required to pay school district taxes to support your kin's
education?"I'll answer for granny... the country provides
education for the masses to ensure that freedom is preserved. Even though
granny has no children she enjoys the freedom that an educated citizenry
provides/ensures.@Blue:"Corporations are not people - they
are collections of assets operating under the protection of law. Can a
corporation have a religion? Only if my computer can, also."A
corporation is a 'person' created by law. The reason being so that it
can (among other things) sue and be sued separate and apart from its owner(s)...
and to protect the owner(s) from such action. Think of a corporation with say
100,000 owners (stockholders). Can you imagine the confusion/complication if
100,000 owners wanted to sue someone for some legal infraction rather than just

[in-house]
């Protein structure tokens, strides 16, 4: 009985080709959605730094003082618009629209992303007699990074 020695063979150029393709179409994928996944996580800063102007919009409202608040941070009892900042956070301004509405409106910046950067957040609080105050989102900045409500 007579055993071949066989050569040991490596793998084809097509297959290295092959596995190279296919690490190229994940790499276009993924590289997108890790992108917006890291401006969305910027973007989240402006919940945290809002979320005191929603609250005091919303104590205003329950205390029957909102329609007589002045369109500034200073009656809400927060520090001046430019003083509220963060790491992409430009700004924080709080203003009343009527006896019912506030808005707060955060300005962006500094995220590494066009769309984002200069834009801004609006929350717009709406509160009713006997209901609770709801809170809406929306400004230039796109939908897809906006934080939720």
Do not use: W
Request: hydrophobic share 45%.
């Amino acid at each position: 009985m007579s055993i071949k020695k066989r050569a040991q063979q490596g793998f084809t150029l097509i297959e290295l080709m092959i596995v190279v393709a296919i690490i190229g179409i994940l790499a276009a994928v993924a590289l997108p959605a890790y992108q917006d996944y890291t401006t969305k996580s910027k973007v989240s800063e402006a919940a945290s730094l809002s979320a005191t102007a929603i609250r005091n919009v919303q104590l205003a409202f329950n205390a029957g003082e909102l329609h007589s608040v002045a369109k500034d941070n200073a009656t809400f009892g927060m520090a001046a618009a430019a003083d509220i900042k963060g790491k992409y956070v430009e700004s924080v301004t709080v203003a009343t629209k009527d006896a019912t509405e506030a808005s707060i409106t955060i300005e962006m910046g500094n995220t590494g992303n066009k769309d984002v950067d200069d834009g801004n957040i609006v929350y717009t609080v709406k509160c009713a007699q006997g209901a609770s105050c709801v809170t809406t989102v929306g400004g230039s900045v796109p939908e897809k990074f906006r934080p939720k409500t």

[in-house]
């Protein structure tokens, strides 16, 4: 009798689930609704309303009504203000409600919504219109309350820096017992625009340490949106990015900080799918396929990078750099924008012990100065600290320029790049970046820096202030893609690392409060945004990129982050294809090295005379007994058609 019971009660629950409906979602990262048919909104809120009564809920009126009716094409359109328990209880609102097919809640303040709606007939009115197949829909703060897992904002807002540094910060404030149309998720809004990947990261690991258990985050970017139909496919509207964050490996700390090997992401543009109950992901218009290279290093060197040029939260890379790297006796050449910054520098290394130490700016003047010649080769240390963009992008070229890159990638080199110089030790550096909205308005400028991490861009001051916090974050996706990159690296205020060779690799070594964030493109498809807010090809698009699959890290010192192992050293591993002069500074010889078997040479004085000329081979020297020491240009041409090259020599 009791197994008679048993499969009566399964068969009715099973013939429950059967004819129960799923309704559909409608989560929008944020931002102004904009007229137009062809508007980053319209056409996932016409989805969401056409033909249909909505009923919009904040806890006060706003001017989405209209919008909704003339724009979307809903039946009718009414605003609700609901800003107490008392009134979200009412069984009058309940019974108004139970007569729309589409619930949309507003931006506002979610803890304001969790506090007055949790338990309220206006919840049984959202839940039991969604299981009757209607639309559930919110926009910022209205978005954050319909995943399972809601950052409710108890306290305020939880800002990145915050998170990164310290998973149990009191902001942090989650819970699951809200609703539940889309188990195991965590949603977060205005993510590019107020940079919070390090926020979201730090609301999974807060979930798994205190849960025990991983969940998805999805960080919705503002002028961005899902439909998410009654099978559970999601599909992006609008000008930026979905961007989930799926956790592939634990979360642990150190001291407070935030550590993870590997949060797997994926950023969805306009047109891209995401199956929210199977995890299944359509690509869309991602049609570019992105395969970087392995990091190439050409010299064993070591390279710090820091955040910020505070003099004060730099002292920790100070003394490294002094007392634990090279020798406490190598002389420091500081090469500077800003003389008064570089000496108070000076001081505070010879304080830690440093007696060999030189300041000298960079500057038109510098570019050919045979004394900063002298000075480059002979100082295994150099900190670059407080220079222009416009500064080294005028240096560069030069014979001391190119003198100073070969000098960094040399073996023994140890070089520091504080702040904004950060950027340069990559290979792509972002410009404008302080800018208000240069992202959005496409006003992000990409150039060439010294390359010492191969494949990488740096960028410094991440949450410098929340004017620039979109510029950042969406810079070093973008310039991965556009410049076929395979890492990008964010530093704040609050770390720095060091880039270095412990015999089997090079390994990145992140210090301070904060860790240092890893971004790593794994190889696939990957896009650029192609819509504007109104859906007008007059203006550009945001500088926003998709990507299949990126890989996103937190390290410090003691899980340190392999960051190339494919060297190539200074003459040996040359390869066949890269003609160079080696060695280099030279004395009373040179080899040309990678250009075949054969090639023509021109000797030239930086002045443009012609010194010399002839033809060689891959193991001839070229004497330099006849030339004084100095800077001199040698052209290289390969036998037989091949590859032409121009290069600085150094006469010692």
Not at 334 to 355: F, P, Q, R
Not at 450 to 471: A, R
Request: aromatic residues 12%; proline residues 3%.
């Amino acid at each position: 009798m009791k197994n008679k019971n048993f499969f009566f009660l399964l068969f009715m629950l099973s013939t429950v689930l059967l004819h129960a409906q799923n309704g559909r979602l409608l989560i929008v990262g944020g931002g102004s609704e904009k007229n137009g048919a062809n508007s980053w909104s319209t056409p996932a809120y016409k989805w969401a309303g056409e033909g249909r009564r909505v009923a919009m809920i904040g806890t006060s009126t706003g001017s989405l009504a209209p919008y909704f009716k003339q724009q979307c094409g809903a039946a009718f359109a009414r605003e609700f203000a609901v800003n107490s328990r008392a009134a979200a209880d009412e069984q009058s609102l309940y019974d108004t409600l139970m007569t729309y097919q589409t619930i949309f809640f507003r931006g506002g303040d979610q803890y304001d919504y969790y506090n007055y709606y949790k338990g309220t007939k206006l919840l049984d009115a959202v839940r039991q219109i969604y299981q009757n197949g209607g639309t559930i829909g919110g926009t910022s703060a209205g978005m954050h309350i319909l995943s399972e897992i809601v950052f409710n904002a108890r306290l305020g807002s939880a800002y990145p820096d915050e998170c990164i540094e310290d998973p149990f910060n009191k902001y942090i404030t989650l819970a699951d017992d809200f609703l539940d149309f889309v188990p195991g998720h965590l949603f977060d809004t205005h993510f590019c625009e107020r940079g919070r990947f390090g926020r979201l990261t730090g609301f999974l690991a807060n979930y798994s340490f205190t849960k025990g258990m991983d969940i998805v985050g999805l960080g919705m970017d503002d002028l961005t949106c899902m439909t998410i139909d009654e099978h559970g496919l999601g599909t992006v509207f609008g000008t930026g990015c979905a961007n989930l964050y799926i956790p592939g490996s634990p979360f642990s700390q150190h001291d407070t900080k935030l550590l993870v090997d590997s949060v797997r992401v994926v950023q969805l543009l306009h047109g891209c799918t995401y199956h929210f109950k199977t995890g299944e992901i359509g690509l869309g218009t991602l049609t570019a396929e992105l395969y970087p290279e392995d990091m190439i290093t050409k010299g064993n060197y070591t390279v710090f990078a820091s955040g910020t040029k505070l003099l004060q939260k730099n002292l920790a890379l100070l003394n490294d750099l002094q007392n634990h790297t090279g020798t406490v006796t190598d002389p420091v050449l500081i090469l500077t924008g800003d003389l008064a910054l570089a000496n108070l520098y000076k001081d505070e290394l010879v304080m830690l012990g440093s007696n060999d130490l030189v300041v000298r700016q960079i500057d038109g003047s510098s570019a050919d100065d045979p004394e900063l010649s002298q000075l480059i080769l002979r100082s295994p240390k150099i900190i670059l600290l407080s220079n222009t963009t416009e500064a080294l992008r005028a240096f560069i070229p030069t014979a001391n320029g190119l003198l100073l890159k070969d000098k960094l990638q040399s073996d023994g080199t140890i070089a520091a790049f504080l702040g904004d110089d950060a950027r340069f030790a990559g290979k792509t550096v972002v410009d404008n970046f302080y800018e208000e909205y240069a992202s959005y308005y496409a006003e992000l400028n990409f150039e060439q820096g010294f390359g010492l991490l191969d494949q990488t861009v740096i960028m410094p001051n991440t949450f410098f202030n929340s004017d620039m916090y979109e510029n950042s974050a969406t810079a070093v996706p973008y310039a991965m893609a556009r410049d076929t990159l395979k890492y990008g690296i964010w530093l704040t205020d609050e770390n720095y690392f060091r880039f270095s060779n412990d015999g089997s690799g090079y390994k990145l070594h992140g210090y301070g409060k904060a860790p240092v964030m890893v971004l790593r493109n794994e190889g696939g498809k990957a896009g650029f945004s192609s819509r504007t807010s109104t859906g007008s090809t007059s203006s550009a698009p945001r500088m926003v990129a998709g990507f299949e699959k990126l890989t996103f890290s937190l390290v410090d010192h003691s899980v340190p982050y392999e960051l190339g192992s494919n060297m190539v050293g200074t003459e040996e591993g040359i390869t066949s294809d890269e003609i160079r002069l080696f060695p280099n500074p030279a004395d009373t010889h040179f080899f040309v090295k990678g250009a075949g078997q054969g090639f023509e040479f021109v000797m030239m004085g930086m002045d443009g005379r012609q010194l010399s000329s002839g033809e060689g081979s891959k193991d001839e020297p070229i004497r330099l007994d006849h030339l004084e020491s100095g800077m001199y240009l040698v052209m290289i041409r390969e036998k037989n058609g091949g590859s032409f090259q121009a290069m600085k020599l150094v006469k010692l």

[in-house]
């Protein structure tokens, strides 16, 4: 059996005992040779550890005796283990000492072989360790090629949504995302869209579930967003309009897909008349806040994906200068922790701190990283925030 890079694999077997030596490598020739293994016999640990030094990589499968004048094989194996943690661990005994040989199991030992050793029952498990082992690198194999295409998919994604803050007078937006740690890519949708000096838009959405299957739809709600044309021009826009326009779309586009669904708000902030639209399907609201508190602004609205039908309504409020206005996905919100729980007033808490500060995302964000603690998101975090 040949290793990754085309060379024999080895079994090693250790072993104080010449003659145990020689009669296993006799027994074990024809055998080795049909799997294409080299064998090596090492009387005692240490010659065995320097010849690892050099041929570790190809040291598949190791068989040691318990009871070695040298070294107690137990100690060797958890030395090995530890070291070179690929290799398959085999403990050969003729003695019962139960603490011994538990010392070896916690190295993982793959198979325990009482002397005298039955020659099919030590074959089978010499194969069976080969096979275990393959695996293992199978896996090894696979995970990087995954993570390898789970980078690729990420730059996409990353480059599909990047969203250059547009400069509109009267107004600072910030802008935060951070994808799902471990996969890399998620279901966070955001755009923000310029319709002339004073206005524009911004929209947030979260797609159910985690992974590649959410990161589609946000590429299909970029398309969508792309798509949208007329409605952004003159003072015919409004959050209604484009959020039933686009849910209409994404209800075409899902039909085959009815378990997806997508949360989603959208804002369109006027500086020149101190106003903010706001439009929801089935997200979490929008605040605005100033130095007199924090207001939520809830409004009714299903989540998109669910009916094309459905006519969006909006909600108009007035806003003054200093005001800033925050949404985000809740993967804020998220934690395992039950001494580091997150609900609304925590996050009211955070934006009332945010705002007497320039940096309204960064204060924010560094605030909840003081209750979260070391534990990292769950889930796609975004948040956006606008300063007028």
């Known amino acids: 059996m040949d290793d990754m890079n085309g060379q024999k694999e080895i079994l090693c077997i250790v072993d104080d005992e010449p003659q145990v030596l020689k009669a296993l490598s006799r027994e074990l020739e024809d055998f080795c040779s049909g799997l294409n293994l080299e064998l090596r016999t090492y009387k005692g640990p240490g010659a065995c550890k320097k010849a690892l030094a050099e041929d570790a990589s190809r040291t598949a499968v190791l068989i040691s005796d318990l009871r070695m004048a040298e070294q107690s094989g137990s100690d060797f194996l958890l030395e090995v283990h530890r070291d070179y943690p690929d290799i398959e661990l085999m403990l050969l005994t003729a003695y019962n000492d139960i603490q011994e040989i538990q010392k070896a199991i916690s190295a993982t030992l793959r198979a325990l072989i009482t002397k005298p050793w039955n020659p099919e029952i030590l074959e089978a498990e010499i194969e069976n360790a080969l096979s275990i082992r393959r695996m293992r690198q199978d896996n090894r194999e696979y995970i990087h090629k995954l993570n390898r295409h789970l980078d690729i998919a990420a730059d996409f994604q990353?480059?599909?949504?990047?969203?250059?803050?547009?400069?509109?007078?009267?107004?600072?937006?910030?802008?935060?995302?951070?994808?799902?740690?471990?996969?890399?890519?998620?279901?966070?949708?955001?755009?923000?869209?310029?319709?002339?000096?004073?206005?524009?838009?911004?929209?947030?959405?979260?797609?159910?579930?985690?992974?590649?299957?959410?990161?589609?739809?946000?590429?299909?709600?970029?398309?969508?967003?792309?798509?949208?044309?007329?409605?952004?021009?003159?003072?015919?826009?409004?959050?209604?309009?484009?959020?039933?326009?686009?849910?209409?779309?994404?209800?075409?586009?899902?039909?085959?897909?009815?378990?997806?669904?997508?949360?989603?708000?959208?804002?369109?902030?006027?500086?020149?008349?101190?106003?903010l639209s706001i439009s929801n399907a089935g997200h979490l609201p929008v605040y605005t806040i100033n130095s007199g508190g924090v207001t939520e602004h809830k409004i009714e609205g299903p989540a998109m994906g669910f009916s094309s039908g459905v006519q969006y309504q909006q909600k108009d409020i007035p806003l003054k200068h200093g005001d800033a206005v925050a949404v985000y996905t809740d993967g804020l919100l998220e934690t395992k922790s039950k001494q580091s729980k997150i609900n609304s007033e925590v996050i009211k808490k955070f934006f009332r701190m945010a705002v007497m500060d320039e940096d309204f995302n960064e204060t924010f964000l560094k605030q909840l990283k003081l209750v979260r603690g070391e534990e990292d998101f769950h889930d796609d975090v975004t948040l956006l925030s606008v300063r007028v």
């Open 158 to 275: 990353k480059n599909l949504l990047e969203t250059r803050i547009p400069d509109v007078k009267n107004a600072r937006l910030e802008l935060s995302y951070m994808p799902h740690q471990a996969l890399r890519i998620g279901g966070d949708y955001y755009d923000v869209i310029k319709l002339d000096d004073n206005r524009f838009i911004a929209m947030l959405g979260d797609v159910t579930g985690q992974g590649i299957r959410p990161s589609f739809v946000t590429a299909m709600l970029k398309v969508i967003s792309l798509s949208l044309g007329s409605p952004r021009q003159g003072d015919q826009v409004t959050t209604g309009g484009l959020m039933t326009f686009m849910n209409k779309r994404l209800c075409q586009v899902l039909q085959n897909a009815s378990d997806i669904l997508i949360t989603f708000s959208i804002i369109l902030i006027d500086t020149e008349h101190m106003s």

one 'person' doing the suing? You obviously need a class in corporate
@Tyler D:"Since the law – which simply mandates that insurance,
part of all employee’s paid compensation, cover things people
want..."If the employer is paying the insurance premium...
he/she is also paying for insurance coverage. Take out contraceptives, etc.,
and the premium should reduce. Thus, the employer is paying for these services
contrary to their religious rights. If the premium does not reduce, the
employer is being scammed."...Hobby Lobby et al should lose
their case in a 9-0 decision."You got that backwards.@Stalwart Sentinel:"...so I bet you can prove to me where the laws
of the United States grant corporations a will, conscience, and
religion."You're a little confused, Stalwart... Companies
(i.e., corporations) are not people... they're persons created by law to
conduct certain commercial, etc., activities. People have a will, can have
religion and conscience. Persons, created by law, do not."I'm sorry but the owners of the companies are not special..."Everyone is special... Including you."... they do not